The What, When and How of ST.26

The What, When and How of ST.26

Monday Sep 8th, 2014

September 8, 2014.

The What, When and How of ST.26

To date, our discussion has been focused on the status updates of the new Sequence Listing standard, deemed ST.26.  We have followed its proposal, drafting and adoption, and continue to follow its implementation and transition into the new, exclusive Sequence Listing standard.  That said, let's not forget the content of the standard itself.

What is ST.26?

ST.26 (informally adopted) is the new "Standard on the Presentation of Nucleotide and Amino Acid Sequence Listings Using Extensible Mark-up Language (XML)".  As the standard is now final and available for review, we are able to analyze the new content and formatting requirements.  Probably the most notable change is the transition from text format to XML format.  Some other noted changes include:

  • The requirement to include D-amino acids and other modified amino acids
  • The specific exclusion of sequences with fewer than 10 nucleotides or 4 amino acids
  • Changes in the requirements for gapped sequences, branched sequences, and variants positions.
  • Different and additional features and annotations and requirements for including both.

When will it take effect?

Based on the June summary of the Patent Cooperation Treaty Working Group, the Task Force has now been requested to prepare a proposal for the transition from WIPO Standard ST.25 (current requirements) to ST.26 for consideration and approval in 2015.  Additionally, it is noted that the implementation of the standard will not occur until the transition has been resolved. 

How will XML Sequence Listings be prepared?


One key aspect of the transition is the availability of a tool for the preparation of XML listings, as well as a tool for easy conversion of sequence listing files from one format to another.  As the EPO is the task force leader, they have created a Sequence Listing generation program "BiSSAP" which can create Sequence Listings in both ST.25 and ST.26, as well as convert Sequence Listings from one standard to the other.  While this type of software program seems ideal, there are many gaps in the conversion process that need to be filled.  Some of these include:

  • Loss of cursory information (applicant, inventors, title, etc.)
  • The requirement for manual intervention regarding feature key and qualifiers, which inherently introduces chances for error or inaccuracies in the conversion.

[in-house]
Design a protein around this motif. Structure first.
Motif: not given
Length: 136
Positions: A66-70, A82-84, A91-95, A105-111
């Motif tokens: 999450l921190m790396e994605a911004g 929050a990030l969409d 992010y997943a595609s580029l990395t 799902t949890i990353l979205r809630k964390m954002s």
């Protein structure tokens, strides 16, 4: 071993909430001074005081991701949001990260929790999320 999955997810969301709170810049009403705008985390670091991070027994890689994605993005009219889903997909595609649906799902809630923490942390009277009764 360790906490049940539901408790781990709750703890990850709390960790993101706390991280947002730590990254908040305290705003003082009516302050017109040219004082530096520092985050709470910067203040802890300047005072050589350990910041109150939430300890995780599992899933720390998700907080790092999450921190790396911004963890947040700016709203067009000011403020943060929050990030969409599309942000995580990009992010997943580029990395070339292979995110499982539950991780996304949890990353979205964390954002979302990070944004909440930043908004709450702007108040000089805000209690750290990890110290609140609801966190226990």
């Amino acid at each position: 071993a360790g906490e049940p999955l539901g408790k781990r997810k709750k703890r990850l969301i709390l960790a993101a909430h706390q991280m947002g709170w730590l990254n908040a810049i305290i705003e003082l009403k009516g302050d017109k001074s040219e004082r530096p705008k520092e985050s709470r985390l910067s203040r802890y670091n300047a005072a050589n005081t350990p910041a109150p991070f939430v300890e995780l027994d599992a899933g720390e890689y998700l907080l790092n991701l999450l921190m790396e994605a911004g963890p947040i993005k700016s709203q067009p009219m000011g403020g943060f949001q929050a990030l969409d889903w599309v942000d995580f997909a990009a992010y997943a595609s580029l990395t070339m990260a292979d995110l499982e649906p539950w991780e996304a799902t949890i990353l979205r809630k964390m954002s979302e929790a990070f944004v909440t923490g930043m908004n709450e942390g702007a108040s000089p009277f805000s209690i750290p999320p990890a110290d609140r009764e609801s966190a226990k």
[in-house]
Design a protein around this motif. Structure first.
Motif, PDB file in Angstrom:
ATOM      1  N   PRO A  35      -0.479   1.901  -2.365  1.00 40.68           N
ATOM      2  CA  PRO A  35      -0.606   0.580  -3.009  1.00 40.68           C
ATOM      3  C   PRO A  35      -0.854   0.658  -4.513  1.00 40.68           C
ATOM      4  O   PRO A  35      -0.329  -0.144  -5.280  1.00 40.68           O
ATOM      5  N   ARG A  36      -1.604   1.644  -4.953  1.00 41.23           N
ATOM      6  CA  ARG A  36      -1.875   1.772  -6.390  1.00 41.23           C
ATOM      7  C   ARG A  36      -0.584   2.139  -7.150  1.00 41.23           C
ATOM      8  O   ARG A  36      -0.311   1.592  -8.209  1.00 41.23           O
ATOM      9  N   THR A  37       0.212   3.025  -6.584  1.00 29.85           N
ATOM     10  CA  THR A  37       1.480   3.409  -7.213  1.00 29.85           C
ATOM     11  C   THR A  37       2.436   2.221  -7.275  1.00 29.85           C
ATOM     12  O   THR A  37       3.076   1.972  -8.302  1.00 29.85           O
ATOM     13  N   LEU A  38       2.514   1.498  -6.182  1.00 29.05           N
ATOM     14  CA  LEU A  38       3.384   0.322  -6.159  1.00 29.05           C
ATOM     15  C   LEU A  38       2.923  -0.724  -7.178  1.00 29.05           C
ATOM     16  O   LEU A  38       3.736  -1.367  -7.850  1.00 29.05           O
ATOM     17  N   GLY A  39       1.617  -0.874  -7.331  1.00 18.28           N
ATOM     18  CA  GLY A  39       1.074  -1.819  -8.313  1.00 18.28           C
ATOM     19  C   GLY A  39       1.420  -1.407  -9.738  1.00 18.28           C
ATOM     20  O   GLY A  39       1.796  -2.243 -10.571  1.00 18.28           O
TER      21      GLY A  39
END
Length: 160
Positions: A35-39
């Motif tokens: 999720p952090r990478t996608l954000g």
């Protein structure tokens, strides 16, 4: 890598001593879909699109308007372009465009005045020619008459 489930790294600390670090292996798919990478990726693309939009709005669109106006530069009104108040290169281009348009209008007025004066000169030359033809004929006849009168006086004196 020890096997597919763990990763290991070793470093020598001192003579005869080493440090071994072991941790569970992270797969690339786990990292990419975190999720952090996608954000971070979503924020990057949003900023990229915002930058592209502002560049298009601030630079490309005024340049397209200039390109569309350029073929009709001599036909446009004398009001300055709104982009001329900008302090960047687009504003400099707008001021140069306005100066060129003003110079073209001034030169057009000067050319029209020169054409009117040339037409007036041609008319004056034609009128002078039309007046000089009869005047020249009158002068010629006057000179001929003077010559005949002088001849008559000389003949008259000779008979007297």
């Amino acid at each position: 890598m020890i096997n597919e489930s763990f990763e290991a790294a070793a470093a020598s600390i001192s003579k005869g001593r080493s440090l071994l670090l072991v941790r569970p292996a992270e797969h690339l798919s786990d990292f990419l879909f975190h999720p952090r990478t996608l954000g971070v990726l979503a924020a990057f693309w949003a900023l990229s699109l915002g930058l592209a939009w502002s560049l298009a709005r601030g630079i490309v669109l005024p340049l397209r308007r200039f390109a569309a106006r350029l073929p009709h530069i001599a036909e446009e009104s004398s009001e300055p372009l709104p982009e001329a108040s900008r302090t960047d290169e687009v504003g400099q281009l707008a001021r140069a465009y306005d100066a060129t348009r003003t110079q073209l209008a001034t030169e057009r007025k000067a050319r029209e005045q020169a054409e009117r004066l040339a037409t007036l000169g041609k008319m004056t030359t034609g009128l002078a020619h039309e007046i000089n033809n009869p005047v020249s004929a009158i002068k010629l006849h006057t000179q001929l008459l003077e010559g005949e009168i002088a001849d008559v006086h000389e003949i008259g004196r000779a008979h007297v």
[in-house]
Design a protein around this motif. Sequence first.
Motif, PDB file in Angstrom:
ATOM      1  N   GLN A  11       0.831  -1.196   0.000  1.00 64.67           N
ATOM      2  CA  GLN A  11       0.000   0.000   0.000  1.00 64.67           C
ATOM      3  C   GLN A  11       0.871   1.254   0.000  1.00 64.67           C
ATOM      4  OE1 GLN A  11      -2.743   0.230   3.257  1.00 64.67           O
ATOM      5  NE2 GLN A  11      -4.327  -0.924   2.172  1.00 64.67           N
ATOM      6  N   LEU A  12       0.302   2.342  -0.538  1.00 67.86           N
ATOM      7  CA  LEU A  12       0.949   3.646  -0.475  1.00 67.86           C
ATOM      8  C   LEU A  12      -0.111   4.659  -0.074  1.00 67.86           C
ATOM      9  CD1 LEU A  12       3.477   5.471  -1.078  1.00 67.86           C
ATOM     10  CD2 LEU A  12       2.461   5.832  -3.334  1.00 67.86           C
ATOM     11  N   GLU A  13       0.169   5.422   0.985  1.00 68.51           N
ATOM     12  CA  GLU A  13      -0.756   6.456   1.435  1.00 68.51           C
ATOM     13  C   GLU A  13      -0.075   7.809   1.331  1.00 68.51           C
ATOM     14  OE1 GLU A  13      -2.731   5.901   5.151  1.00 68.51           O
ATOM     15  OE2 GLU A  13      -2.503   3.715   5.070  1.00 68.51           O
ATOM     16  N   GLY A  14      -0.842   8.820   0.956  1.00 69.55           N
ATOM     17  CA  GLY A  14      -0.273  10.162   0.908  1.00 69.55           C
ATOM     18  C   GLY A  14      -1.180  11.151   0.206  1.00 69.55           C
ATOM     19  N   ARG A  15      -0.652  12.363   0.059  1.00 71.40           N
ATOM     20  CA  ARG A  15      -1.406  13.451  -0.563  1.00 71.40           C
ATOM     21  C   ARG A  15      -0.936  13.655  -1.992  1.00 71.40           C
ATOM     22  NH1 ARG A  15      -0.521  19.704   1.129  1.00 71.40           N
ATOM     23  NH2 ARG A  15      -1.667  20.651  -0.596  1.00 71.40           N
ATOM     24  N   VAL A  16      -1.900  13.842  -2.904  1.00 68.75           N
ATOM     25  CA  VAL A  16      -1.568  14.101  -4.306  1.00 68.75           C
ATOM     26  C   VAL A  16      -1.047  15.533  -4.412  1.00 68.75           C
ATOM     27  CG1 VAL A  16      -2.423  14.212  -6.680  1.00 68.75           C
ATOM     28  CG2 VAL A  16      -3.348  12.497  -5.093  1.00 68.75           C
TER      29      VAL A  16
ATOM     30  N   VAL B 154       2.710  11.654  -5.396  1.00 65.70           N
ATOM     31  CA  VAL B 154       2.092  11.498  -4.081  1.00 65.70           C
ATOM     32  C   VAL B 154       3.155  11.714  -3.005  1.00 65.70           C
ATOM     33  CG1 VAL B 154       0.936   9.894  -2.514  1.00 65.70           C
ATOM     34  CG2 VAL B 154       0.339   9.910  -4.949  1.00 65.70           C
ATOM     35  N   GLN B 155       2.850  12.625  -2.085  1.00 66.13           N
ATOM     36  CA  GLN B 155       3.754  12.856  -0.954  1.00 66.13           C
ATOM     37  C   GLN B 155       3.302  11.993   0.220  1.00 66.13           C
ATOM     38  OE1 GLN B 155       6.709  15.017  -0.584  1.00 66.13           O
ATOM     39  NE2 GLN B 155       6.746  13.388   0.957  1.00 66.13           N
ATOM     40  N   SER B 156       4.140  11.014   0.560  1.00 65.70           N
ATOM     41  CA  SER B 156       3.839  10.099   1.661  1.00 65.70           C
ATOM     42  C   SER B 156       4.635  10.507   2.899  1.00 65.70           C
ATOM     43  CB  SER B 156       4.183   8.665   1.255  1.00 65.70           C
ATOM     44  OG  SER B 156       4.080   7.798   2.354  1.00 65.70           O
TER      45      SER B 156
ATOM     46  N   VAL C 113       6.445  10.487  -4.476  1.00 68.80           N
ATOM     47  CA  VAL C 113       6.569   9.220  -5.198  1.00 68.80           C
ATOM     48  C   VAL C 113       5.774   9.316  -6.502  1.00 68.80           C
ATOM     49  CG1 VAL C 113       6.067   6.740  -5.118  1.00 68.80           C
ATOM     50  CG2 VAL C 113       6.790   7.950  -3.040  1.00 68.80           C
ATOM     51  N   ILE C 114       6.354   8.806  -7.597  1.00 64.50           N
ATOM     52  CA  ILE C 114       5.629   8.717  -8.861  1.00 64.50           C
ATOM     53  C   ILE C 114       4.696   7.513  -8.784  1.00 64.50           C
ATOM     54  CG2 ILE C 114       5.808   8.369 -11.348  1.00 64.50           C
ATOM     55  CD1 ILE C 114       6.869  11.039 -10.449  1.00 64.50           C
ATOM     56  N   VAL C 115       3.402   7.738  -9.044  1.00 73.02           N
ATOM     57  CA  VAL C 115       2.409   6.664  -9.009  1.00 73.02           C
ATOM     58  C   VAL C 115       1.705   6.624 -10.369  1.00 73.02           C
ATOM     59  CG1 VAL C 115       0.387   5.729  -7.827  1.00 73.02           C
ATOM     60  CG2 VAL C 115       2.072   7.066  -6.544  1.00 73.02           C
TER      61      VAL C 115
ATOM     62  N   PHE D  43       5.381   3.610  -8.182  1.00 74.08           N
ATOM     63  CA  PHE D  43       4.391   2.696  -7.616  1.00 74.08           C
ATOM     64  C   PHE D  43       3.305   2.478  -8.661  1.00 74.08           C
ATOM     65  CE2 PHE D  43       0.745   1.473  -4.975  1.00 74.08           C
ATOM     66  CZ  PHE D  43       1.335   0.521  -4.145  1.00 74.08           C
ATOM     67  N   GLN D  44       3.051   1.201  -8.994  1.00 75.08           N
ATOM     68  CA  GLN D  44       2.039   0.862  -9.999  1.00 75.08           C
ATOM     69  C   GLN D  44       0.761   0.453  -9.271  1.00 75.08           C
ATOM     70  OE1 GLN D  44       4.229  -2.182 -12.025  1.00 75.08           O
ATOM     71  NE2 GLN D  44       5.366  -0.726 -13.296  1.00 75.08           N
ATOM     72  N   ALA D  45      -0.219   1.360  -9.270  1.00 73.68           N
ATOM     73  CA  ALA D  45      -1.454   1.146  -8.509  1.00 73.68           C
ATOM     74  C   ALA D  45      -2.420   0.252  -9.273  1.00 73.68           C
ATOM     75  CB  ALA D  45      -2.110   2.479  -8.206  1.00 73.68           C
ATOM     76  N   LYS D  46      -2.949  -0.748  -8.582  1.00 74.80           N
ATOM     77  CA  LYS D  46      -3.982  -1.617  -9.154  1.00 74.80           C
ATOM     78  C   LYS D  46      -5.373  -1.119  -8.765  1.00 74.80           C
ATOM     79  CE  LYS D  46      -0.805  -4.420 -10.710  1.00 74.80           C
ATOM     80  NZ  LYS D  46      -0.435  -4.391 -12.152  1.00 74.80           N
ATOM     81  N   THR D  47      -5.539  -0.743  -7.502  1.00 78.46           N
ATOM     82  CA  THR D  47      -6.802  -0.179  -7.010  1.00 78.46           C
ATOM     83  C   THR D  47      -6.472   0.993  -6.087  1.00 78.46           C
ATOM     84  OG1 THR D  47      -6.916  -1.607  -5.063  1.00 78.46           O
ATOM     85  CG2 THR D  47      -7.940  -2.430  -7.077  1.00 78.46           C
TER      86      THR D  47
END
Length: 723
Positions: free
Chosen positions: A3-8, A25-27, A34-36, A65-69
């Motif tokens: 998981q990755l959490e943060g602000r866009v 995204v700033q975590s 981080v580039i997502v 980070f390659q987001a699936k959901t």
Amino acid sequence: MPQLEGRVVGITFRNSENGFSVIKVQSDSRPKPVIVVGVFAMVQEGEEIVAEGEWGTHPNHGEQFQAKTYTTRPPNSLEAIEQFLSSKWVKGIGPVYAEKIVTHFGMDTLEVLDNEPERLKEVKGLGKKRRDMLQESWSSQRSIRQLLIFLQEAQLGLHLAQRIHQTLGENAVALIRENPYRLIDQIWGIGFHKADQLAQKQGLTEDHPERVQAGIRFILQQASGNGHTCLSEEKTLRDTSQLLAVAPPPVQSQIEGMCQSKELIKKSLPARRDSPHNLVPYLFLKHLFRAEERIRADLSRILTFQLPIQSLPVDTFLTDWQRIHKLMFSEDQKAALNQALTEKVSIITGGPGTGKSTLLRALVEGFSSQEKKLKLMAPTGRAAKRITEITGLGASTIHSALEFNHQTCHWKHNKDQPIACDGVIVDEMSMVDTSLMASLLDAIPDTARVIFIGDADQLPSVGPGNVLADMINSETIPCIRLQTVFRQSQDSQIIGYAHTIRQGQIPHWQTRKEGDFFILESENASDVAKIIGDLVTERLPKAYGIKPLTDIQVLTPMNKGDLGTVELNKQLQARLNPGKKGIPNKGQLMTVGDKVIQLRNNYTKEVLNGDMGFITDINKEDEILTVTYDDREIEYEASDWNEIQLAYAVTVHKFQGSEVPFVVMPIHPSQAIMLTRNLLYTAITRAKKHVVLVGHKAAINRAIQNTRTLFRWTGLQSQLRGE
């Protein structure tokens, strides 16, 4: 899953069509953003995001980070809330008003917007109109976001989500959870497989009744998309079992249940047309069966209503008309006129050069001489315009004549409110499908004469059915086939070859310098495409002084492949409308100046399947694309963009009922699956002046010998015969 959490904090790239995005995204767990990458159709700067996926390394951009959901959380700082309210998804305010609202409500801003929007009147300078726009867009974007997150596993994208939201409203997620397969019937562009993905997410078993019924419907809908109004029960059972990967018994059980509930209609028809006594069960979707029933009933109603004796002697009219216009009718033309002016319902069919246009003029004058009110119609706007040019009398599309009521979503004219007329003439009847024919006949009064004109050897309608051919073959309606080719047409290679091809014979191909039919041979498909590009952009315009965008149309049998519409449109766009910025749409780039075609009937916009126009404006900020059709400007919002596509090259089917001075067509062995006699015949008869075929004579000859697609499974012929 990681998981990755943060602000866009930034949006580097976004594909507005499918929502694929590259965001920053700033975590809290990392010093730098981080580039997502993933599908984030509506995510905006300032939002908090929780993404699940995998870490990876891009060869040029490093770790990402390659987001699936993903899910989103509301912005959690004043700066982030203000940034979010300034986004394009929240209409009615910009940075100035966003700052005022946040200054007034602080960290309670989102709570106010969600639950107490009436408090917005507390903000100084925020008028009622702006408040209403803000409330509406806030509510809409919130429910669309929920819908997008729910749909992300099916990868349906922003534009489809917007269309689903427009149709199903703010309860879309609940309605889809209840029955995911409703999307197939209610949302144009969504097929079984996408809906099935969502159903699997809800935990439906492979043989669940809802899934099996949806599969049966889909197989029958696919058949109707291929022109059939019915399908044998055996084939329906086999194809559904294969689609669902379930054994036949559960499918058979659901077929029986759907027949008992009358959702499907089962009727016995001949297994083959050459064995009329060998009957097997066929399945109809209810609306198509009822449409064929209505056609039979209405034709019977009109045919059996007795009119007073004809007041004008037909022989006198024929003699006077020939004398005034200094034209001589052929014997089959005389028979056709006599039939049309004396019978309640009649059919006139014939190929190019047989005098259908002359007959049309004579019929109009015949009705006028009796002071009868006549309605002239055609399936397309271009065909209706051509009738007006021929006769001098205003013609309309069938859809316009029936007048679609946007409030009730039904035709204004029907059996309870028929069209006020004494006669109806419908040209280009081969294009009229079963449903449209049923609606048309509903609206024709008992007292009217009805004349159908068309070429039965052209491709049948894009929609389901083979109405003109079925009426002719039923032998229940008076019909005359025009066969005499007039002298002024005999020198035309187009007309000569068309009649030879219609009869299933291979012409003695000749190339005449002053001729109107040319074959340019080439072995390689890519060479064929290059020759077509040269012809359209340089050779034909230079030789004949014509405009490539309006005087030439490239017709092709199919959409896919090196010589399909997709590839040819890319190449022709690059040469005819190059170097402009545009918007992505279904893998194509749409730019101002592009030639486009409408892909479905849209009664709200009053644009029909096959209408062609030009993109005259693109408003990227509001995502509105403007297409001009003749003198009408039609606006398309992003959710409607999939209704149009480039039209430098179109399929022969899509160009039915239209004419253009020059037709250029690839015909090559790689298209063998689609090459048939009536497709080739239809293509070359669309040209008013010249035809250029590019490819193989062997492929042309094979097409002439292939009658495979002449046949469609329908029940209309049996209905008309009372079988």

It is also expected that the USPTO will create their own software for the preparation of XML listings based on ST.26 as they have done with the current PatentIn software they provide. 

As always, only time can tell how the progression of ST.26 will occur

July 14, 2014. 

Until then, we'll break down the components of the standard and the transitional aspect into greater detail so that when it takes effect you are prepared!

We know one of the major changes in ST.26 is the conversion from ASCII text based documents to XML.  This move is predicated on the fact that XML is easier for computers to “read.”   

From a Sequence Listing and Search standpoint, the transition from ST.25 to ST.26 and the requirements associated therewith is not yet defined or specifically addressed.  However, and as previously noted, the Committee on WIPO Standards (CWS) met in Geneva from May 12th to 16th to discuss, amongst other things, the adoption of ST.26.  Based on the Summary by the Chair, it appears that informal discussions regarding the topic were held, however, no agreement on the meeting’s agenda was made and therefore it was not accepted and the session adjourned.

The Task Force will continue to work on the transitional aspects of the rule change for the remainder of 2014 and into 2015 with the goal of submitting its recommendations for approval of the CWS at its fifth session in 2015.  No date is yet available. 

Following the meeting of the CWS, the Patent Cooperation Treaty (PCT) Working Group met from June 10th to 13th. The discussion was based on the results of the CWS meetings, and the Summary by the Chair confirms that "the draft WIPO standard ST.26 has been informally agreed upon at the recent session of the Committee on WIPO Standards, but that no decisions had been taken because the agenda for the session had not been adopted."  The document also reiterates that the Task Force is now in the process of making an assessment of the transitional requirements by the end of this year.

HCIP will continue to be you go-to partner for all updates regarding ST.26 as they become available.